OAKLAND -- Klay Thompson doesn't fret much about outside evaluations of his game performances, because he knows his most staunch ally is also his toughest critic, and he's right at the top of the speed dial.

It's his dad, Mychal Thompson, a former NBA No. 1 pick who played 12 seasons in the league and contributed to two Los Angeles Lakers title teams in 1987 and 1988. The younger Thompson calls his father after virtually every game for an assessment of his performance, and he usually gets a tough-love critique.

Naturally, the Warriors' second-year guard couldn't wait to call his dad after a 34-point, 14-rebound night Wednesday against the San Antonio Spurs in Game 2 of the NBA Western Conference semifinals. The Warriors won 100-91 to tie the series at one game apiece.

"He said I should have had 40, that I missed too many easy layups," Thompson said with a grin. "But that's just the basketball player in him. He also said it was a great performance and that he was very proud of me."

A lot of people are proud of Thompson in the wake of his remarkable night. He put himself in some pretty fine company statistically. According to the Elias Sports Bureau, he joined just three other guards who in the last 25 years scored that many points and hauled in that many rebounds in a playoff game -- Michael Jordan, Kobe Bryant and Vince Carter.

The only debate regarding Thompson at the moment is whether to talk about his offense or his defense. But after hitting 8 of 9 from beyond the 3-point arc in Game 2, the needle naturally swung to the offensive side Thursday.


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"I felt like Steph Curry out there," he said. "It's something where you hit a couple and you get a great rhythm going, and after you make five or six, it's almost like a freebie when you pull up somewhere. It was a lot of fun."

Thompson bristled, however, when it was suggested by a TV reporter that he'd had a poor series against the Denver Nuggets and inquired as to how he reinvented himself.

"I thought I had a few good games in the first round where I shot the ball well," he said. "I had some off games as well, but my defense was always there. I haven't really been focusing on my offense, because I've been trying to be as consistent as possible on the defensive end. That's one area of the game you can control completely."

To be sure, it's the plight of many great shooters -- they don't get much credit for what they do at the other end. Thompson was a defensive stopper against Denver point guard Ty Lawson, and so far, he's been a huge headache so far for Spurs point guard Tony Parker.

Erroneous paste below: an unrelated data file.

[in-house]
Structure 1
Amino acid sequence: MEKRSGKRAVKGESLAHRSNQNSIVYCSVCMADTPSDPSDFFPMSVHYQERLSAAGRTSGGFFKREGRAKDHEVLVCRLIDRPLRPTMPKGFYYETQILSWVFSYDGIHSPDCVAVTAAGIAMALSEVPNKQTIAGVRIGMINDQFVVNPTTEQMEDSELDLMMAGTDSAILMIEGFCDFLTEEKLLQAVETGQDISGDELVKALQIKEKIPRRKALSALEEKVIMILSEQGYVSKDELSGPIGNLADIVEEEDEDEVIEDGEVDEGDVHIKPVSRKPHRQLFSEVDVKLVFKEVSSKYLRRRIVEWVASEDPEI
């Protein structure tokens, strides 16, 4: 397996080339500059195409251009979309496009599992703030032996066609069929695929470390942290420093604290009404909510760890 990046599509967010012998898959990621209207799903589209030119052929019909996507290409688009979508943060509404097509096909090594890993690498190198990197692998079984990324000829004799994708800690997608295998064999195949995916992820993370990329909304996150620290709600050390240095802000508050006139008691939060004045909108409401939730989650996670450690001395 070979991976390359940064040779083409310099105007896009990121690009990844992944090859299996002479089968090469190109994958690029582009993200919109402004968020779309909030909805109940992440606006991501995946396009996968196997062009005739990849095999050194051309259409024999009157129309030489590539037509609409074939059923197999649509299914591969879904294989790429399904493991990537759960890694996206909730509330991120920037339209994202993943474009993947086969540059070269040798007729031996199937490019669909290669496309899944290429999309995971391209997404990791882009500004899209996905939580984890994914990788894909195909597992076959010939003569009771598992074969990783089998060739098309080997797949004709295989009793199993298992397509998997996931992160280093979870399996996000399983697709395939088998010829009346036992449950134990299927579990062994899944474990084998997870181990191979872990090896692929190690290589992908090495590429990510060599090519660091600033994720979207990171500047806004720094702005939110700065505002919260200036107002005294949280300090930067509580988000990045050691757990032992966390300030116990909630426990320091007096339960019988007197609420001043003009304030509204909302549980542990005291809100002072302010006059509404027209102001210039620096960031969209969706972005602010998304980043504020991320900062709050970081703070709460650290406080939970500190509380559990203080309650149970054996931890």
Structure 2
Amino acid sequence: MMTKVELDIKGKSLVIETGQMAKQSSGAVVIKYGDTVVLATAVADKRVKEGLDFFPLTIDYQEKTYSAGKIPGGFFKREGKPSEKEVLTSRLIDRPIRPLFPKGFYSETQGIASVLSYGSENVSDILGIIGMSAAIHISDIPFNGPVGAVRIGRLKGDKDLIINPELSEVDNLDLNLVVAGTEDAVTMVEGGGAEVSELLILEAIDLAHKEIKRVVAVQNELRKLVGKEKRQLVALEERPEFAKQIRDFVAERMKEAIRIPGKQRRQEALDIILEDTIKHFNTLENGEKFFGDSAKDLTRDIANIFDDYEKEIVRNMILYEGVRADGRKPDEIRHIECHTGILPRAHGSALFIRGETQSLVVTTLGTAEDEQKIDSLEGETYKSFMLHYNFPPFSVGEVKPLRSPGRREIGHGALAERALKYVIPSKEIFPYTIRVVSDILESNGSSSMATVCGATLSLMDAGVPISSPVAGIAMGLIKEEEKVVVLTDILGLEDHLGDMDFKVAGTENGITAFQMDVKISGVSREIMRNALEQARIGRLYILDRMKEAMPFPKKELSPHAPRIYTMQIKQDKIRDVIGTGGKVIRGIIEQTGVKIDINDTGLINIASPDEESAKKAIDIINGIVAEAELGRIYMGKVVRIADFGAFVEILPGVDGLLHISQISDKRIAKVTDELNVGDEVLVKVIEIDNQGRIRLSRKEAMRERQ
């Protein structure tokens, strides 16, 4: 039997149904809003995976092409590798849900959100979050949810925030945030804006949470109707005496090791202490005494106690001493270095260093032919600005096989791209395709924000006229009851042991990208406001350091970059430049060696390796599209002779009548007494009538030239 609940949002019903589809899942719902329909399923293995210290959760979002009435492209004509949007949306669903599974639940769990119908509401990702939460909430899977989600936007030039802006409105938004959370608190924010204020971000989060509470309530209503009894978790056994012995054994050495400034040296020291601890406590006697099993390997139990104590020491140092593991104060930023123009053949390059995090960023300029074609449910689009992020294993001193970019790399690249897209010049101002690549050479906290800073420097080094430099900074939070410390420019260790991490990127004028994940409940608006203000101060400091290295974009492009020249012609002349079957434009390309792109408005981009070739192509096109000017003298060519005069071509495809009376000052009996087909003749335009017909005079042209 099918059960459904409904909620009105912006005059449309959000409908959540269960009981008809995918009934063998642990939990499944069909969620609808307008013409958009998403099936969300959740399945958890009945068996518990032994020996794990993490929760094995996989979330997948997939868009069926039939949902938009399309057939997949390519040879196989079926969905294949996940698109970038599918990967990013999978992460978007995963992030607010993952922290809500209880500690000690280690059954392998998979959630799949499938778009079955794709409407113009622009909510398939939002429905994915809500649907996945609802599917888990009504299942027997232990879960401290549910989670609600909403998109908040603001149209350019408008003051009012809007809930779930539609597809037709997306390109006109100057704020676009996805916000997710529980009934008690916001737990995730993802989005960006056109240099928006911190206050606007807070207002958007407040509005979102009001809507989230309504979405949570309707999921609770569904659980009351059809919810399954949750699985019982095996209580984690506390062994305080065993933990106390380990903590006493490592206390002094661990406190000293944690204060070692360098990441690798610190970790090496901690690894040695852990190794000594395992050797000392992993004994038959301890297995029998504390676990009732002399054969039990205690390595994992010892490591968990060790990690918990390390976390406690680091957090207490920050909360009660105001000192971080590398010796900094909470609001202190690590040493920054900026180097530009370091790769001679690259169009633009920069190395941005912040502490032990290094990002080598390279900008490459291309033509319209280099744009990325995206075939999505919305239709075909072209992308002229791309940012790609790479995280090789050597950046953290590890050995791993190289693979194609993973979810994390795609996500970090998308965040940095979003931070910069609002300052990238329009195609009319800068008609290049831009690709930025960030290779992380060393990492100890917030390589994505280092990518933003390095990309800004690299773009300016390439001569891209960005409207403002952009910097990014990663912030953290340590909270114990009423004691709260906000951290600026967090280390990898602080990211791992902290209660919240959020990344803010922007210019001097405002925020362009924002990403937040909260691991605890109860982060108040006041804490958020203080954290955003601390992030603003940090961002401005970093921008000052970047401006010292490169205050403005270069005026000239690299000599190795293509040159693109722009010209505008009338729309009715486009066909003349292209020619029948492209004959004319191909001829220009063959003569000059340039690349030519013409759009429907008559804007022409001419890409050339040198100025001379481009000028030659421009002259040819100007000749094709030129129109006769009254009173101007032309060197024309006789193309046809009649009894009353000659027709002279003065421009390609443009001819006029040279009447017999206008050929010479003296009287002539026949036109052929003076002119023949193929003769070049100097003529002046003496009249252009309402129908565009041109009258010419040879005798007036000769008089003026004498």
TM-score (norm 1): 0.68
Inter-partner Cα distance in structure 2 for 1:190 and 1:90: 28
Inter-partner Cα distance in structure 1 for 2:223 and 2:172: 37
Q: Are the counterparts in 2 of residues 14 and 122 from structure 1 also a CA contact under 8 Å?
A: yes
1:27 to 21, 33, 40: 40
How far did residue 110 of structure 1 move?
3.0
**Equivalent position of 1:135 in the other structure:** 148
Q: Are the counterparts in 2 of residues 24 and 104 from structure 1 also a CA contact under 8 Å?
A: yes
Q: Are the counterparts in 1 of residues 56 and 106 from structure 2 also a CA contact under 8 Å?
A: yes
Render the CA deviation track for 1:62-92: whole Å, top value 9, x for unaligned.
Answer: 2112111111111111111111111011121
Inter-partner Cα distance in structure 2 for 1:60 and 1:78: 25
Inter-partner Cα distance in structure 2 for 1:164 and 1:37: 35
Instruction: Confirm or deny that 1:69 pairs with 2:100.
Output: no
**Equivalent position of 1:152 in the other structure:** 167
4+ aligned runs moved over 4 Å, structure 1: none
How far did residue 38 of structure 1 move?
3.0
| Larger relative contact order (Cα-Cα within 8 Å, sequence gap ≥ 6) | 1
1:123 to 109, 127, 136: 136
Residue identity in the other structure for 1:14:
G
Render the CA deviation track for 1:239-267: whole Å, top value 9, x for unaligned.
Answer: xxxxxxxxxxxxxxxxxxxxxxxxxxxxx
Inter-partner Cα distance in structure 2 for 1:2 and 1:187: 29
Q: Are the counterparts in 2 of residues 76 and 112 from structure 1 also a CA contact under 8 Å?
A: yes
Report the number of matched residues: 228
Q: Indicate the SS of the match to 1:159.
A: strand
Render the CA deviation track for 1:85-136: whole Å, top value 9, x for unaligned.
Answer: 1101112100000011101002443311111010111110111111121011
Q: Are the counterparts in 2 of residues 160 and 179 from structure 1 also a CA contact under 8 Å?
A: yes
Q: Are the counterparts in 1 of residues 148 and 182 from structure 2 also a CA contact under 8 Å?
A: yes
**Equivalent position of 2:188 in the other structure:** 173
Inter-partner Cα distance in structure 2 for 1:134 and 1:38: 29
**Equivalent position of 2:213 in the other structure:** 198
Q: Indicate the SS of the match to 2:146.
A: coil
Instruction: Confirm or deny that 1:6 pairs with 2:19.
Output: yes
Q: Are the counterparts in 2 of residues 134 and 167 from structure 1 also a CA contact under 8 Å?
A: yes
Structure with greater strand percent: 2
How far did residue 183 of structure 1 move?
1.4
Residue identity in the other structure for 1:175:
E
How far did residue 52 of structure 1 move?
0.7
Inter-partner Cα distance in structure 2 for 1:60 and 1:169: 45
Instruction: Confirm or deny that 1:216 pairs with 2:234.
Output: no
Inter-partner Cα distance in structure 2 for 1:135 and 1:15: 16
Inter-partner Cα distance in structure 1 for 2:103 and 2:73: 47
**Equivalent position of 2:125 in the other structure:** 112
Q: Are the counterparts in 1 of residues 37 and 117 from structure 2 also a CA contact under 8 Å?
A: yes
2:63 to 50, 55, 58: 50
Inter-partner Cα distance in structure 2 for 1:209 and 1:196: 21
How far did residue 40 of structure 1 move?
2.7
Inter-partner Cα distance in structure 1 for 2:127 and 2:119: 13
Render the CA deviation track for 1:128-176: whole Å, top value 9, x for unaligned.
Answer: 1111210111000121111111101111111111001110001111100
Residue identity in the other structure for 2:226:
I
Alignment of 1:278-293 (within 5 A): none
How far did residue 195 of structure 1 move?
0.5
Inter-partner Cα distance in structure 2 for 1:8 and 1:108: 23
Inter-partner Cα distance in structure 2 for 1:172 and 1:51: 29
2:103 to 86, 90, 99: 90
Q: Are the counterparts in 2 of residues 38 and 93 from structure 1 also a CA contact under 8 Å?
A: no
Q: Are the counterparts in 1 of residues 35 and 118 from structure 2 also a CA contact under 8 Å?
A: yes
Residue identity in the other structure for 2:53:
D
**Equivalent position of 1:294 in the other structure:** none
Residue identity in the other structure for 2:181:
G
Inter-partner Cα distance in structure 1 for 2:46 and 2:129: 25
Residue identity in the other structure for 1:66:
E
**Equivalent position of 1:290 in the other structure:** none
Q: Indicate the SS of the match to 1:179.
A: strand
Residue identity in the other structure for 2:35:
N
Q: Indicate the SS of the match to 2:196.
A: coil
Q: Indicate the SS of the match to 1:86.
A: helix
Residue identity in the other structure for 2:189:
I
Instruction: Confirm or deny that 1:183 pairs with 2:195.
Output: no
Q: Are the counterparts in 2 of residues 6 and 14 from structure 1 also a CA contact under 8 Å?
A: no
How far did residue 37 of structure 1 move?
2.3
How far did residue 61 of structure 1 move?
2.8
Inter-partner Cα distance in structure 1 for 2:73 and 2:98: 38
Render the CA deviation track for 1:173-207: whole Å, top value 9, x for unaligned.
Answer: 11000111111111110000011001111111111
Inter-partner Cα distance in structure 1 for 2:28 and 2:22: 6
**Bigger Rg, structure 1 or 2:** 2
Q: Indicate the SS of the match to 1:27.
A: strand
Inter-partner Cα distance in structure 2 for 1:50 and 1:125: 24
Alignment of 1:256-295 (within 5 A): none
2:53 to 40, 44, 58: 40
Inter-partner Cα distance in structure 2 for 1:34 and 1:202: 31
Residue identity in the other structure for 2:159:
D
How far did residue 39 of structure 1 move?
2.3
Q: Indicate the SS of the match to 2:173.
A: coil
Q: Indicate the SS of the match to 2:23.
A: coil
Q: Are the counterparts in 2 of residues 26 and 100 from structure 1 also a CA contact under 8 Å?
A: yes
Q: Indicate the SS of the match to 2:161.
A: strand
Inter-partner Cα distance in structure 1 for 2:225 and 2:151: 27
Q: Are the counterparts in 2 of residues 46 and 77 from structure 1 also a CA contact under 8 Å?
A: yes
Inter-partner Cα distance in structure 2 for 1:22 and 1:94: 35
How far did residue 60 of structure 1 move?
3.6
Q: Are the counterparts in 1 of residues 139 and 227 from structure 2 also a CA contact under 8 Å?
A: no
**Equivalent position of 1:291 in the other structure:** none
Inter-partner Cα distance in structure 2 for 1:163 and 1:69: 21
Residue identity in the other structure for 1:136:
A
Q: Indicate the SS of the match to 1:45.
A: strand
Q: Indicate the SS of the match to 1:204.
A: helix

Parker, who loves getting in deep to the basket, hasn't been able to get much at all against the Warriors' lanky 6-foot-7 guard. It's no coincidence that the Spurs' Game 1 rally -- led by Parker -- didn't really take off until Thompson fouled out with 3:57 to go and Golden State still up by 16.

Thompson knows he won't win every battle against the relentless Parker, but by winning his share, he can severely undermine San Antonio's lethal inside game, particularly with Andrew Bogut and Festus Ezeli as a second line of defense under the basket.

"Just from playing against him six times this year and also last year, I know his tendencies," Thompson said of Parker. "I know what he likes to do; he loves to live in the paint. The way you have to make Tony Parker beat you is to contest the tough shots. He's a great midrange shooter, but we'd rather have that than layups."

San Antonio Spurs’ Manu Ginobili (20), of Argentina, and Golden State Warriors’ Klay Thompson (11) tangle during the first half of Game 2 of
San Antonio Spurs' Manu Ginobili (20), of Argentina, and Golden State Warriors' Klay Thompson (11) tangle during the first half of Game 2 of the Western Conference semifinal NBA basketball playoff series, Wednesday, May 8, 2013, in San Antonio. (AP Photo/Darren Abate)

"He's doing a great job," Curry said of his backcourt mate. "For a 6-7 guy, he's quick laterally, and even against a guy like Parker he can contest his paint jump shots and layups, try to make him shoot over him and chase him all around the floor."

Generally, Thompson said he made the commitment to ratchet up his defensive prowess last summer, working four days a week with assistant coach Darren Erman on closeout and shuttle drills and also learning how to maximize his height advantage. It's paying off big-time now.

"I feel like I'm a whole different level defender than I was last year," Thompson said. "I've come to like playing defense. It's fun to try and shut someone down. What I learned this year is you can't just put all your stock in shooting. If you play defense and rebound well, you can affect other aspects of the game."

Coach Mark Jackson maintains that Thompson was a born shooter, but the defensive part -- particularly the ability to defend quick, shifty point guards -- required considerable work.

"It didn't happen overnight," Jackson said. "What you're seeing is a product of long hours, long days, watching film, breaking stuff down, making mistakes. Klay takes pride in it, and he has taken it personal. It's just great to see."